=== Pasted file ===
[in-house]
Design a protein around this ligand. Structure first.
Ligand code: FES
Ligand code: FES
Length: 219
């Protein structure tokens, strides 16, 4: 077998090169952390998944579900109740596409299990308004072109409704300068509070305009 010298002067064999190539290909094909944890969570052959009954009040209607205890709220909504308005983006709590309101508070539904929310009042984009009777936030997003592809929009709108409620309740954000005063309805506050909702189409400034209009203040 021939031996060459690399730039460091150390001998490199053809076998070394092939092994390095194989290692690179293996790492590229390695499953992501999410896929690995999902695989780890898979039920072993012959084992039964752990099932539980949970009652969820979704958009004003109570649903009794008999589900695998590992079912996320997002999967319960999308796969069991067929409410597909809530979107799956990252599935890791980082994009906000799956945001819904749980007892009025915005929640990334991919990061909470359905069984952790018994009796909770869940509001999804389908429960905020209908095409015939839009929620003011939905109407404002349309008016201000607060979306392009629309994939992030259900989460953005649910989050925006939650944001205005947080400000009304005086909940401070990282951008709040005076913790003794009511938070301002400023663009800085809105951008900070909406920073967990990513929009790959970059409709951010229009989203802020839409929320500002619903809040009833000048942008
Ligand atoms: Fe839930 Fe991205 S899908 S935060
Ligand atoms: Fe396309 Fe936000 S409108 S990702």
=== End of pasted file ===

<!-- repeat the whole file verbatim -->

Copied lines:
[in-house]
Design a protein around this ligand. Structure first.
Ligand code: FES
Ligand code: FES
Length: 219
């Protein structure tokens, strides 16, 4: 077998090169952390998944579900109740596409299990308004072109409704300068509070305009 010298002067064999190539290909094909944890969570052959009954009040209607205890709220909504308005983006709590309101508070539904929310009042984009009777936030997003592809929009709108409620309740954000005063309805506050909702189409400034209009203040 021939031996060459690399730039460091150390001998490199053809076998070394092939092994390095194989290692690179293996790492590229390695499953992501999410896929690995999902695989780890898979039920072993012959084992039964752990099932539980949970009652969820979704958009004003109570649903009794008999589900695998590992079912996320997002999967319960999308796969069991067929409410597909809530979107799956990252599935890791980082994009906000799956945001819904749980007892009025915005929640990334991919990061909470359905069984952790018994009796909770869940509001999804389908429960905020209908095409015939839009929620003011939905109407404002349309008016201000607060979306392009629309994939992030259900989460953005649910989050925006939650944001205005947080400000009304005086909940401070990282951008709040005076913790003794009511938070301002400023663009800085809105951008900070909406920073967990990513929009790959970059409709951010229009989203802020839409929320500002619903809040009833000048942008
Ligand atoms: Fe839930 Fe991205 S899908 S935060
Ligand atoms: Fe396309 Fe936000 S409108 S990702």